With Great Mentors, You Truly Can Help Change The World

Left to Right: Tony Volpentest, Ross Perot, Bryan Hoddle, and Larry Weber

From 1995 to 2000, my wife Julie and I ran a small company called Physically Able Sports. We worked with five of the top Paralympic Track athletes in the world.

Our company was the pioneer in exclusively representing Paralympic athletes. Our main objective was to assist Paralympic athletes in becoming professional athletes like those in other sports. We were blessed to be involved in numerous events and moments that broke barriers for Paralympic athletes on the world stage.

Mr. Ross Perot sponsored Tony Volpentest, considered the fastest disabled athlete in the world at the time. Tony won gold medals in the 100 and 200 meters at the Atlanta Paralympic Games. Bryan Hoddle was Tony's coach, who helped him achieve two gold medals and a world record in the Paralympic Games.

After his coach and my good friend, Bryan Hoddle, moved on to other pursuits, I took over as Tony's coach. When I coached Tony, he set a world record in the 200 meters and won two gold medals in the 100 and 200 meters at the 1999 World Paralympic championships in Spain.

Ross Perot was a billionaire who ran for the President of the United States in 1996. Although most people today may not know who he is, during those years, I had the opportunity to work with him on several projects as he campaigned for the presidency. Mr. Perot was also involved in a lot of behind-the-scenes work for veterans during those days. Sadly, he passed away in 2019 at the age of 89.

Many people are unaware of how much Mr. Perot admired and fought for active duty and military veterans. I admired his work for veterans behind the scenes, as he never sought credit for it. Mr. Perot's fantastic contributions to the veteran community went largely unnoticed by the public, but they did not go unnoticed by those he helped.

I considered Mr. Perot a mentor in some business and political areas, even though we differed on some political issues.

Mr. Perot was amiable and kind to us when we worked with him. He helped us navigate many challenging situations in the business world without doing any work for us. His approach was to give suggestions and let us sink or swim.

When Mr. Perot would call me at our home on business, Julie would say, "You answer it." She was a bit in awe of the man at the time. However, he, indeed, was like the guy next door. He was easy to talk to, had a great sense of humor, and was humble. He carried around a 20-year-old briefcase even though he could afford more. He was straightforward and a tell-it-like-it-is man.

Mr. Perot was all in when it came to helping us learn how to break challenging barriers, including barriers in the media.

Julie was outstanding in navigating with CBS, CNN, and other world media to promote the Paralympic movement on the business side of things. We had a fantastic team committed to breaking down long-established barriers that stood in the way of Paralympic Athletes reaching their potential. Being around and talking with Mr. Perot about his experiences helped us have the confidence to navigate new areas.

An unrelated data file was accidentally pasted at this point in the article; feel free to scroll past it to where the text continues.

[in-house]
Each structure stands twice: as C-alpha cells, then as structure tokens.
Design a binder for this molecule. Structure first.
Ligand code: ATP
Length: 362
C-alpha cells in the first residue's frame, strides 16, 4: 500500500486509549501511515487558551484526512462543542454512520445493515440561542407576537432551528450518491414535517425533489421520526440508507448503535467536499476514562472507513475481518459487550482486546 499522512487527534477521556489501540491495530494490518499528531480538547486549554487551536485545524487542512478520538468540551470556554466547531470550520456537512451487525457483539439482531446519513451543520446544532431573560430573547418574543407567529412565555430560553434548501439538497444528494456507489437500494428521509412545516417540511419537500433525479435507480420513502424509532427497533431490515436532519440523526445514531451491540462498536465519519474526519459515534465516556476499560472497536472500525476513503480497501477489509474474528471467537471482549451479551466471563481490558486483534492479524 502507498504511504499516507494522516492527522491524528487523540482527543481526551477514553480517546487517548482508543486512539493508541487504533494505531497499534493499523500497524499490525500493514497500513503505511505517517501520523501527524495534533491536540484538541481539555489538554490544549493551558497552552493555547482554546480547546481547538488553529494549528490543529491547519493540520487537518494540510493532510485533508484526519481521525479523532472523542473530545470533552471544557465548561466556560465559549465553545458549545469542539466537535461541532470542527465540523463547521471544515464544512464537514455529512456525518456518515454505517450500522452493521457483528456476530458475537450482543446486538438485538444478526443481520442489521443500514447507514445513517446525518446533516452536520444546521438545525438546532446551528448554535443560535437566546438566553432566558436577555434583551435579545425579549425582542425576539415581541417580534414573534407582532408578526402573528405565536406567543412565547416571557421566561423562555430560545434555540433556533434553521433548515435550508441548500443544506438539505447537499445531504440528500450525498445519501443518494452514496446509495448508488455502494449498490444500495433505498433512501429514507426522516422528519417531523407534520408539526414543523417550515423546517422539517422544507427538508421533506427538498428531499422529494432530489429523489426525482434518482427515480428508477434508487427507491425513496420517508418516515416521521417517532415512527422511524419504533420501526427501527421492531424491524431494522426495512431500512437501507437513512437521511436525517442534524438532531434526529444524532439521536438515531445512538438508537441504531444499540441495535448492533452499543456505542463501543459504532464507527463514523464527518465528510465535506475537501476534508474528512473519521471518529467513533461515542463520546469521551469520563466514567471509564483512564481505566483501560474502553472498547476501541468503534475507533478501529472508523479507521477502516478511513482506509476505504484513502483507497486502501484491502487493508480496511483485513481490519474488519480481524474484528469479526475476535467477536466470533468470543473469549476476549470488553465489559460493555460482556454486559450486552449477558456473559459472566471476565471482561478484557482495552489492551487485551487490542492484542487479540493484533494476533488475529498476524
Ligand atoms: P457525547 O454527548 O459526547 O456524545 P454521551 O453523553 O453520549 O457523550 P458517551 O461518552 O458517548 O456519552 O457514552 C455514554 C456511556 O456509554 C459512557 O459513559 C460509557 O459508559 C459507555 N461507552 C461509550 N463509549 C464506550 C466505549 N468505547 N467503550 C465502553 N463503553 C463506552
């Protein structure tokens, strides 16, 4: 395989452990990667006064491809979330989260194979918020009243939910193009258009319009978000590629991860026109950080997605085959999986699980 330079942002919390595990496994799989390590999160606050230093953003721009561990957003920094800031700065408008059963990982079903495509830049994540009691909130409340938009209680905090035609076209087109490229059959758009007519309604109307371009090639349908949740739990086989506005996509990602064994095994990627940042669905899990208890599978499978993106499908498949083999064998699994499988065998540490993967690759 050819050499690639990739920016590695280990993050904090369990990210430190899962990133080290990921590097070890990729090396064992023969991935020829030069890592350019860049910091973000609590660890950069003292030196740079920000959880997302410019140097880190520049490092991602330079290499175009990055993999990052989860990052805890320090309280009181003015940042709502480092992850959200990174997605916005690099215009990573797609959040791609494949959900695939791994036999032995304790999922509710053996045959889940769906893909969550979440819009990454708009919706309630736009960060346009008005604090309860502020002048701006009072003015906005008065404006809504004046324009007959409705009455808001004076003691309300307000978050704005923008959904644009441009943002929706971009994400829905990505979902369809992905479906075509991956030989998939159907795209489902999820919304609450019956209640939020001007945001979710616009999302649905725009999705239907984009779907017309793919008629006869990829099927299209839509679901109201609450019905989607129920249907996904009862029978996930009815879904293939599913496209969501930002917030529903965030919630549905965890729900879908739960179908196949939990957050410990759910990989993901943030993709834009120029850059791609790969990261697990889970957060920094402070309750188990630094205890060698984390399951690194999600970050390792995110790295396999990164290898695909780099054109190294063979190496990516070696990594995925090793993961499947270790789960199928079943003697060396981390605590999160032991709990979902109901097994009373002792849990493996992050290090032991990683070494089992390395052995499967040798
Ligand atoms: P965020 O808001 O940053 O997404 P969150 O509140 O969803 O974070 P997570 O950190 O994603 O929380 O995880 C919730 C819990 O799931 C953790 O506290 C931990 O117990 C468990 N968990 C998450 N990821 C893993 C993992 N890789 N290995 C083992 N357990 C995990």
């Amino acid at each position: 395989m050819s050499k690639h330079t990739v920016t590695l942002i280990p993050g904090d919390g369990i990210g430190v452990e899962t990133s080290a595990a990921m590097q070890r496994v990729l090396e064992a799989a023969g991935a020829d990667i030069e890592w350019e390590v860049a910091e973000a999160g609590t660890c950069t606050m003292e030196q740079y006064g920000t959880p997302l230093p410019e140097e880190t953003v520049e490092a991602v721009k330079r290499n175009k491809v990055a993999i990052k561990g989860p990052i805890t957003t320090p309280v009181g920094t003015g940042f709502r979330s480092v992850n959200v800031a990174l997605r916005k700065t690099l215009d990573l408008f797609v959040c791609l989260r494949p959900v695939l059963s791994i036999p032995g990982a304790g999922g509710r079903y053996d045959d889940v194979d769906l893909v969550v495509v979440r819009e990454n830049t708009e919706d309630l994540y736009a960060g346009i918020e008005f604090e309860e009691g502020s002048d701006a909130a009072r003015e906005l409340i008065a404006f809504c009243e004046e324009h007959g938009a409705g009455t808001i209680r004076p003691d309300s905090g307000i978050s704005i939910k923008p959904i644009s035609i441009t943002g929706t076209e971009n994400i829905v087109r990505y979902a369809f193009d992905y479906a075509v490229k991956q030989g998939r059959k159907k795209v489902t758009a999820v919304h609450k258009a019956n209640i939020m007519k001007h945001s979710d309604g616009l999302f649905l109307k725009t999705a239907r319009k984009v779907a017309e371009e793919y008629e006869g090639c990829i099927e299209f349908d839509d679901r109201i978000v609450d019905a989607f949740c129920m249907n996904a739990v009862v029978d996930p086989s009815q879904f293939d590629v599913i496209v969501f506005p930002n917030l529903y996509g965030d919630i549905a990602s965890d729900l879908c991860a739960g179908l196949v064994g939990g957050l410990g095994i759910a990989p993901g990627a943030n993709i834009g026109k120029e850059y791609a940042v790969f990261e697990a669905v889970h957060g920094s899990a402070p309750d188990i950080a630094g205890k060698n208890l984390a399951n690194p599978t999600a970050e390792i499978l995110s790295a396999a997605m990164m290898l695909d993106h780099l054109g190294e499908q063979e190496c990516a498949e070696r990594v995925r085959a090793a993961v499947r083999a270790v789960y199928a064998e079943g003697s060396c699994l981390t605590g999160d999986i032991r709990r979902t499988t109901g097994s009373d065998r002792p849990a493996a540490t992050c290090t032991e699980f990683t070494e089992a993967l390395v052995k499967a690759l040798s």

We also set up the one-to-one challenge between Neil Fuller and Tony Volpentest in Toronto, Canada, through our business, Physically Able Sports. The one-to-one challenge was the first event of its kind in the world.

Working around Mr. Perot taught me to pursue big dreams and goals. I also learned that it never hurts to ask for anything in life.

For example, I asked the meet promoter in Toronto to create a special undercard event for the much-heralded Johnson and Bailey million-dollar sprint race. I proposed an undercard event between Tony and the second-fastest Paralympic sprinter in the world, Neil Fuller from Australia. 

The meet promoter agreed to the terms of my proposal. The race between Tony and Neil became the first major Paralympic undercard event in the track and field world.

The main event, of course, was between Michael Johnson and Donavan Bailey. Johnson was the Olympic Champion and world record holder in the 400 and 200 meters, and Donavan Bailey was the 100-meter Olympic Champion. They raced at 150 meters to determine the fastest non-disabled runner in the world.

Before the main event, Tony outleaned Neil Fuller from Australia  at the finish of the 100 meters in the undercard race. The crowd exploded in appreciation of a great race. The race was successful and seemed very interesting to the public that day.

That day, Michael Johnson pulled a muscle and did not finish the race against Donavan Bailey in the main event.

The crowd came primarily to see Johnson and Bailey in the million-dollar race but left in awe and appreciation of Tony and Neil in many ways.

What I remember most about our Paralympic days was how hard it was to get sponsorships for Paralympic Athletes. We were blessed to break down many long-standing barriers that stood in the way of Paralympic athletes securing sponsorships as professional athletes. Knowing that Mr. Perot was in the background, cheering us on from the sidelines was always helpful.

The story's moral is to search for exceptional mentors who can guide you to serve others in ways you might not have thought of before. Finding qualified individuals dedicated to assisting you in achieving your goals and aspirations can save you years, or even decades, of struggle. A good mentor is priceless, and their guidance is invaluable.

Learn more about a movie about Tony and the history of the Paralympic Movement here:  Star Mentors.


Coach Weber

Philippians 4:13

You can buy Tony's book at  Amazon.com: Fastest Man in the World: The Tony Volpentest Story (Foreword by Ross Perot) (Audible Audio Edition): Tony Volpentest, Wayne Edwards, Bettie Youngs Book Publishers Co., Inc.: Audible Books & Originals

                 Ross Perot and Larry Weber speaking at a press conference in Atlanta